Mont Blanc three metres shorter than in 2010 - and 16 more peak facts

Researchers say the height of the mountain changes continuously, but this year’s measurement is the most accurate yet. We explore more on the ‘white mountain’

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Mont Blanc has lost three metres in height since 2010, researchers report, after measurements from September 2021 show it is now 4,807.81 metres tall.

The mountain, which is the tallest in Europe, was measured by land surveyors during a three-day mission, which has taken place every two years since 2001.

During the mission, experts used satellite sensors to model the ice cap that sits at the top of the mountain.

This enables them to “create a precise and reliable data bank to be used by experts and passed onto future generations,” two experts from this year’s mission said in a press conference.

Mountain height ‘changes continuously'

The latest measurement is very close to the ‘official’ height of the mountain, which is known as 4,809m.

This measure dates back to the end of the 19th century but, in reality, the height of the mountain changes continuously, the experts said.

The highest recorded height was in 2010, at 4,810.9 metres, and was close to the first measurement, which was made in 2001 (4,810.4 metres).

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In contrast, the 2019 measurement (4,806.03 metres) was so “exceptionally low” that it was not made public, with researchers preferring to wait for the 2021 figures for “more scientific explanations”.

On average the height of the mountain has decreased by 13 centimetres per year since 2001, due to changes in the ice and snow at the top.

Meanwhile the summit of the actual rocky peak is at 4,792 metres and increases by up to three millimetres per year due to shifting tectonic plates.

Why does the height change?

The height fluctuates due to the fact that the summit is made up of around 15 metres of snow and ice, the exact height of which changes in volume according to the weather

Some years, heavy precipitation and weak winds mean that more snow accumulates at the top, making the summit taller.

As such, the mountain is at its tallest at the end of summer while in winter, stronger winds clear more snow reducing the overall height.

Land surveyor Jean des Garets told France 3 that tthe researchers “removed the most recent snowfall at the summit, going down about 40 or 50 centimetres [to] measure the highest point of the ice below” when making their calculations.

He said that the 2021 figure had reached a “level of precision never seen until now”, as good weather conditions on the day of the expedition meant that researchers could stay at the summit for three hours.

Experts said that the impact of climate change on the mountain was difficult to measure, and warned against “making hasty conclusions based on data that only goes back to 2001”.

16 facts about the ‘white mountain’

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  • Mont Blanc is ‘owned’ by both France and Italy, as it is spread over the Franco-Italian border. It is known as Monte Bianco in Italy.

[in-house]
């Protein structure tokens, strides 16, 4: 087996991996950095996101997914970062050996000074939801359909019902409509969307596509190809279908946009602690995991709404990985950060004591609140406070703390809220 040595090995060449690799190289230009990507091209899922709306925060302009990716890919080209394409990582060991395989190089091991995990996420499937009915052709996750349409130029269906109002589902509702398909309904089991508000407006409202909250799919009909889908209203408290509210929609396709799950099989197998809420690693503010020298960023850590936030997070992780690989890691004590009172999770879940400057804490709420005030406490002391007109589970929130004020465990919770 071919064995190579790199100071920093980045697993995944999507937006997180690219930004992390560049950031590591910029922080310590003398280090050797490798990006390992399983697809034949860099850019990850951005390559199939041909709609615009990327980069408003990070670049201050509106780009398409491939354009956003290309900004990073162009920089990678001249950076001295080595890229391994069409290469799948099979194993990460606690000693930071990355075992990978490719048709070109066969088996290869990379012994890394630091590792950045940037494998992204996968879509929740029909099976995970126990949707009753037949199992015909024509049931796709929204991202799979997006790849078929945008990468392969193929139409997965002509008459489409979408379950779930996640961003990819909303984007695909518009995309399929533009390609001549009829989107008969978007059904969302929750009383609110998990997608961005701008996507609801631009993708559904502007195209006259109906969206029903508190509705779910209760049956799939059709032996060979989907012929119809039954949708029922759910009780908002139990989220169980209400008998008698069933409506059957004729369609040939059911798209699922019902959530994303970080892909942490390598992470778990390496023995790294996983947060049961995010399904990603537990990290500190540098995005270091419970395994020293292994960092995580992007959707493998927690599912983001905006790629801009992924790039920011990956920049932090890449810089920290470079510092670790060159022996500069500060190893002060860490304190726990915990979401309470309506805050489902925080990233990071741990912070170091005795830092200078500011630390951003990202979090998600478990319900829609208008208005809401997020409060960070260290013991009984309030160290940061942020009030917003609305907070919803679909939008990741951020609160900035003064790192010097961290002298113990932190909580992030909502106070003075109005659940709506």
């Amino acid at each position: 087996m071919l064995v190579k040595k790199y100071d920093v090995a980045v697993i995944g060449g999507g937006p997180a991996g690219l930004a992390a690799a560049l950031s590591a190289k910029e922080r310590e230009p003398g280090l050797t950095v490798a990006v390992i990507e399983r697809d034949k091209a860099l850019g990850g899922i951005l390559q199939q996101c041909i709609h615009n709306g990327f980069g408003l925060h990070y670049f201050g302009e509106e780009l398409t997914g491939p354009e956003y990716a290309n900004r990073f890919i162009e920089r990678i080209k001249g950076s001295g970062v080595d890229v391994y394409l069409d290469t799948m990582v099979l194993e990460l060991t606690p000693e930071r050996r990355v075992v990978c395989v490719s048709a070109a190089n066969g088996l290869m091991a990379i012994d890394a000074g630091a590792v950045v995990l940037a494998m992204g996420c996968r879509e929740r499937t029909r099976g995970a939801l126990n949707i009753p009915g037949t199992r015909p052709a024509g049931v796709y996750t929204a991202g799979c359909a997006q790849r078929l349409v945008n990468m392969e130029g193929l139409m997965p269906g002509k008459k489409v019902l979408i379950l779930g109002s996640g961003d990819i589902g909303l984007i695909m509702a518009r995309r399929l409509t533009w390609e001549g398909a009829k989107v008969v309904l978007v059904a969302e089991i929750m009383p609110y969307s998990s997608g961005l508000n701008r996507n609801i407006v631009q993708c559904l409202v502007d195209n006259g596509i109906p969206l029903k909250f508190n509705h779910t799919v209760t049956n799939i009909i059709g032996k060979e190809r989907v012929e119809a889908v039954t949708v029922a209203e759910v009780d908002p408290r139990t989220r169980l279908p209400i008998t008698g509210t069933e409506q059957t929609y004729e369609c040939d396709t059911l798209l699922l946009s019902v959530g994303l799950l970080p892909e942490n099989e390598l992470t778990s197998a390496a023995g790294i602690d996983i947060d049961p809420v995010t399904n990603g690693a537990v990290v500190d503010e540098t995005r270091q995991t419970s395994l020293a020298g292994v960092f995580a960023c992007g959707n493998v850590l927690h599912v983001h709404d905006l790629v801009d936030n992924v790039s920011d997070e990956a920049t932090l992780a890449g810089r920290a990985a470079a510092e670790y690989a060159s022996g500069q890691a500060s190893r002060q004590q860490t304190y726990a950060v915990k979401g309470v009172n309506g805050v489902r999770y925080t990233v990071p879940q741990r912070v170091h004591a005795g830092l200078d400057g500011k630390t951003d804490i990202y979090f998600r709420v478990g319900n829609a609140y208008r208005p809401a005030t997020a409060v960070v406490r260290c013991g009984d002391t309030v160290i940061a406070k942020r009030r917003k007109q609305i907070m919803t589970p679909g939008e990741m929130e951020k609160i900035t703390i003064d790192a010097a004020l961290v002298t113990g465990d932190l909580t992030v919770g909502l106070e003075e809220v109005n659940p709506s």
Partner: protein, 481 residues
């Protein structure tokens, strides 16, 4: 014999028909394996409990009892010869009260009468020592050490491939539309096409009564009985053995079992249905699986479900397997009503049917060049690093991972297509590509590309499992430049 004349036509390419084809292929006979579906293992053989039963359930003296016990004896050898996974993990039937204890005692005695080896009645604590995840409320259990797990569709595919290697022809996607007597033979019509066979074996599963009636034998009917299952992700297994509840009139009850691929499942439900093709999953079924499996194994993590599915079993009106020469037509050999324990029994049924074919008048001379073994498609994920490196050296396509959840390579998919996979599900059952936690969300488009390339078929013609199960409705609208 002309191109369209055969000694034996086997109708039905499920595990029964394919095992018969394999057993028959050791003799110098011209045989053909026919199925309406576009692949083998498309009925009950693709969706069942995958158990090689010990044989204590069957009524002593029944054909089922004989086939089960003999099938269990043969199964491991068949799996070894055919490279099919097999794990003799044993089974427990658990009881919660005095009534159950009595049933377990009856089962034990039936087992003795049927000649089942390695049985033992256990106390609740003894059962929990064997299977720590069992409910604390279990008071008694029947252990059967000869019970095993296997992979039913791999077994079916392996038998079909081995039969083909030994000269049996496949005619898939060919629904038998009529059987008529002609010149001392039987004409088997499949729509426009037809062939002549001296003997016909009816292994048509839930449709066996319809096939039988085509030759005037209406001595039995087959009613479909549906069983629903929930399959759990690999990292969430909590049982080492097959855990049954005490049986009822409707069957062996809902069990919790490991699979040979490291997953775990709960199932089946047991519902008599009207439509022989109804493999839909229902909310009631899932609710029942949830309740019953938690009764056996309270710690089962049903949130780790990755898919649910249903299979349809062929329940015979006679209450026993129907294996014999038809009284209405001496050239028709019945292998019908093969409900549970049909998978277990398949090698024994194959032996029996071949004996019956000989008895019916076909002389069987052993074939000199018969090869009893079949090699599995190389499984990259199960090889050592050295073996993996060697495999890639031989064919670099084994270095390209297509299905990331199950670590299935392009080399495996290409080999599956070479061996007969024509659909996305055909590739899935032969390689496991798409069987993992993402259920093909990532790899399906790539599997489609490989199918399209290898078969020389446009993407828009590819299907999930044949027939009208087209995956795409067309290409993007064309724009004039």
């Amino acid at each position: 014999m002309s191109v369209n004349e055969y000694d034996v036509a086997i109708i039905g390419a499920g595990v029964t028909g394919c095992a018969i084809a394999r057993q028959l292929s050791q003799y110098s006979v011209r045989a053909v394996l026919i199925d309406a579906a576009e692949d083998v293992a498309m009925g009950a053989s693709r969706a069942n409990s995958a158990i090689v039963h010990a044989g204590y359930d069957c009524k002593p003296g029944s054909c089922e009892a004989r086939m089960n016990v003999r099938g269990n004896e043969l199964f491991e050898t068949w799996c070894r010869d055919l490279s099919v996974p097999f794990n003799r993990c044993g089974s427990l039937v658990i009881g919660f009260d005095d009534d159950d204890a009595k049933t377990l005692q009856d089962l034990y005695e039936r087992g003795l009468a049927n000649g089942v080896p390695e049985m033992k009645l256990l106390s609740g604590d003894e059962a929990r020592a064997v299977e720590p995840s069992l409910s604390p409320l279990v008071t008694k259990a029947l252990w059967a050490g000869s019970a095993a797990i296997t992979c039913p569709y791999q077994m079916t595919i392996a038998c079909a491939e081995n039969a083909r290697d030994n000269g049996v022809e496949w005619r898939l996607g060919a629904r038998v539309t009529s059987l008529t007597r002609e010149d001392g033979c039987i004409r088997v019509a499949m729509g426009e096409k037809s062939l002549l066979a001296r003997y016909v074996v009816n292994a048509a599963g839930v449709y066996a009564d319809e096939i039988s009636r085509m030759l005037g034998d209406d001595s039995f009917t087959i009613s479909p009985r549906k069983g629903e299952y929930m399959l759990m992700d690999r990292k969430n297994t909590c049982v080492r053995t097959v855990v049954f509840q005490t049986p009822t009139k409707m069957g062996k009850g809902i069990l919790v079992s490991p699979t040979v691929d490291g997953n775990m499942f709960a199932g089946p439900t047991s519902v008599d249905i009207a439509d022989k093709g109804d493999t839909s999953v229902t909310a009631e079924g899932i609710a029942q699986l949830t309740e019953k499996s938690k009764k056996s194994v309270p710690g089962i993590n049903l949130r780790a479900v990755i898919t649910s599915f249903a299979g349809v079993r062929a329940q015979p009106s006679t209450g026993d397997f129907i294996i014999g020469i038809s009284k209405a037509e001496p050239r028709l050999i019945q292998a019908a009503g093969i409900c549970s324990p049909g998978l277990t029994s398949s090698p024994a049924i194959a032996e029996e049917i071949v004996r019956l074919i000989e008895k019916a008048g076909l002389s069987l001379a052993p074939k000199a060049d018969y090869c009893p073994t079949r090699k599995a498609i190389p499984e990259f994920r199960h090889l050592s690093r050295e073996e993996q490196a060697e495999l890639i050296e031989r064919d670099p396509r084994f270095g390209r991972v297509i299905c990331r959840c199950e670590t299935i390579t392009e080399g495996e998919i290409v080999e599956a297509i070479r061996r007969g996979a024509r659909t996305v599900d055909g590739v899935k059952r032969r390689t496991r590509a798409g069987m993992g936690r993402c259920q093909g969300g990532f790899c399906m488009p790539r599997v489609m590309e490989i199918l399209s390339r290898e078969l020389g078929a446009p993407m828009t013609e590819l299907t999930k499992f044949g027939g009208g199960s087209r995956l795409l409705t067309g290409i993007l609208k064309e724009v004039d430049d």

• Mont Blanc's summit is in France, but its ‘Italian summit’ is called Monte Bianco di Courmayeur. At 4,748m, it is considered to be Italy’s highest point.
  • The record for the youngest person to climb Mont Blanc was set in 2009 by British 10-year-old Asher Silver.
  • An 11km-long tunnel links Chamonix, France, and Courmayeur, Italy. Its route goes directly underneath the mountain.
  • Chamonix is the town located at the foot of Mont Blanc. It held the first Winter Olympic Games in 1924.
  • The lowest recorded temperature on Mont Blanc is -43°C, set in January 1893.
  • Jacques Balmat and Michel-Gabriel Paccard, a hunter and physician respectively, were the first to climb Mont Blanc, reaching the summit on August 8, 1786.
  • Marie Paradis, a servant living in Chamonix, became the first woman to reach the summit of Mont Blanc. She climbed with Jacques Balmat.
  • Spaniard Kilian Jornet Burgada currently holds the Mont Blanc speed record on foot. He ascended and descended from Chamonix in just four hours, 57 minutes, and 34 seconds, on July 11, 2013.
  • More than 20,000 climbers reach the summit of the mountain every year, and as many as 30,000 attempt it.
  • Summiting the mountain is a goal for many mountaineers, but less experienced walkers can also walk and hike in the foothills of the mountain and the Chamonix region.
  • Two passenger aircraft have crashed into the mountain. Both were Air India flights. The first crashed in 1950, and the second in 1966. The flights killed 160 people in total. The cause of the first is a mystery, but the second is thought to have been caused by miscommunication on board, leading to wrong information on the position of the mountain relative to the aircraft.
  • Sadly, there are deaths on the mountain every year, with more than 8,000 climbers having died in total.
  • The mountain is home to many sporting events each year, including the gruelling Ultra Trail du Mont Blanc ultra-marathon, which is a 170km race along the area’s mountain tracks
  • American climber Scott Putnam is the most recent high-profile mountaineer to go missing on the mountain. Rescuers called off the search for the father-of-three more than a week after he went missing, saying “if he is still on the mountain, it is almost certain that he is dead”.
  • France has introduced new measures in a bid to protect the mountain, with local authorities repeatedly campaigning for more awareness of how excess numbers of visitors and climbers are allegedly damaging the peak. 
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